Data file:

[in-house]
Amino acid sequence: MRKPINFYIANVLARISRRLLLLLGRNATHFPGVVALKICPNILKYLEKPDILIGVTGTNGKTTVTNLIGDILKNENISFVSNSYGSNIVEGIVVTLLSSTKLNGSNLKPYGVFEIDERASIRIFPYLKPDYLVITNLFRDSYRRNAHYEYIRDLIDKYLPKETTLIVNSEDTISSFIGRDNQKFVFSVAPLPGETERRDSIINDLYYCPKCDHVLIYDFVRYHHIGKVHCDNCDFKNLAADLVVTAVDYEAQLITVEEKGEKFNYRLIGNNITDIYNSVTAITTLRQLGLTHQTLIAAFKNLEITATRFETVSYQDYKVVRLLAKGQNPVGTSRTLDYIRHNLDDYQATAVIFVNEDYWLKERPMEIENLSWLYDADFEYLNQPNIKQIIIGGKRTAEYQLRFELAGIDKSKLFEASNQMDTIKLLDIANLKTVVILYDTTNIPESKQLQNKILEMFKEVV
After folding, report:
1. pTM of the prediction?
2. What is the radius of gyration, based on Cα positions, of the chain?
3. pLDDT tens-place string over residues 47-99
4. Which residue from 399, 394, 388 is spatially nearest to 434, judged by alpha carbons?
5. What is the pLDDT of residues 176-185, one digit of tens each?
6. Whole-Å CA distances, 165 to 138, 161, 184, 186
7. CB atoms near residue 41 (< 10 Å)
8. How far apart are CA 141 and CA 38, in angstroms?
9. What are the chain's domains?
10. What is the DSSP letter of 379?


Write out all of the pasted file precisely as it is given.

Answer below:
[in-house]
Amino acid sequence: MRKPINFYIANVLARISRRLLLLLGRNATHFPGVVALKICPNILKYLEKPDILIGVTGTNGKTTVTNLIGDILKNENISFVSNSYGSNIVEGIVVTLLSSTKLNGSNLKPYGVFEIDERASIRIFPYLKPDYLVITNLFRDSYRRNAHYEYIRDLIDKYLPKETTLIVNSEDTISSFIGRDNQKFVFSVAPLPGETERRDSIINDLYYCPKCDHVLIYDFVRYHHIGKVHCDNCDFKNLAADLVVTAVDYEAQLITVEEKGEKFNYRLIGNNITDIYNSVTAITTLRQLGLTHQTLIAAFKNLEITATRFETVSYQDYKVVRLLAKGQNPVGTSRTLDYIRHNLDDYQATAVIFVNEDYWLKERPMEIENLSWLYDADFEYLNQPNIKQIIIGGKRTAEYQLRFELAGIDKSKLFEASNQMDTIKLLDIANLKTVVILYDTTNIPESKQLQNKILEMFKEVV
After folding, report:
1. pTM of the prediction?
2. What is the radius of gyration, based on Cα positions, of the chain?
3. pLDDT tens-place string over residues 47-99
4. Which residue from 399, 394, 388 is spatially nearest to 434, judged by alpha carbons?
5. What is the pLDDT of residues 176-185, one digit of tens each?
6. Whole-Å CA distances, 165 to 138, 161, 184, 186
7. CB atoms near residue 41 (< 10 Å)
8. How far apart are CA 141 and CA 38, in angstroms?
9. What are the chain's domains?
10. What is the DSSP letter of 379?